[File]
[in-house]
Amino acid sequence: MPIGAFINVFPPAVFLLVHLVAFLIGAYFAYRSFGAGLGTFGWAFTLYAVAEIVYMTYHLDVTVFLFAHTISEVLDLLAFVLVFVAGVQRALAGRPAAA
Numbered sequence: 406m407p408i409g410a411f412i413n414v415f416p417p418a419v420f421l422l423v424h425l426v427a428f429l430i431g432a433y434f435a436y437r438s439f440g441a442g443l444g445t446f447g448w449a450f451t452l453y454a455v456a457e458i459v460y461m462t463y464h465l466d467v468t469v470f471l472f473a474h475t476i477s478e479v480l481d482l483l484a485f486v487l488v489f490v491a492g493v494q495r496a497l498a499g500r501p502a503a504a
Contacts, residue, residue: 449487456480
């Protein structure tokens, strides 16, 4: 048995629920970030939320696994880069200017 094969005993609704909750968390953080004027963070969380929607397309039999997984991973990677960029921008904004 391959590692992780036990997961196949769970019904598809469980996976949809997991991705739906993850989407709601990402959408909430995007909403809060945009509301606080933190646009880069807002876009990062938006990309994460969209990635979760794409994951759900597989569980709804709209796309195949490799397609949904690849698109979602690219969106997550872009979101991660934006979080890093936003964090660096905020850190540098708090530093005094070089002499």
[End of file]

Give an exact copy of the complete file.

[in-house]
Amino acid sequence: MPIGAFINVFPPAVFLLVHLVAFLIGAYFAYRSFGAGLGTFGWAFTLYAVAEIVYMTYHLDVTVFLFAHTISEVLDLLAFVLVFVAGVQRALAGRPAAA
Numbered sequence: 406m407p408i409g410a411f412i413n414v415f416p417p418a419v420f421l422l423v424h425l426v427a428f429l430i431g432a433y434f435a436y437r438s439f440g441a442g443l444g445t446f447g448w449a450f451t452l453y454a455v456a457e458i459v460y461m462t463y464h465l466d467v468t469v470f471l472f473a474h475t476i477s478e479v480l481d482l483l484a485f486v487l488v489f490v491a492g493v494q495r496a497l498a499g500r501p502a503a504a
Contacts, residue, residue: 449487456480
């Protein structure tokens, strides 16, 4: 048995629920970030939320696994880069200017 094969005993609704909750968390953080004027963070969380929607397309039999997984991973990677960029921008904004 391959590692992780036990997961196949769970019904598809469980996976949809997991991705739906993850989407709601990402959408909430995007909403809060945009509301606080933190646009880069807002876009990062938006990309994460969209990635979760794409994951759900597989569980709804709209796309195949490799397609949904690849698109979602690219969106997550872009979101991660934006979080890093936003964090660096905020850190540098708090530093005094070089002499």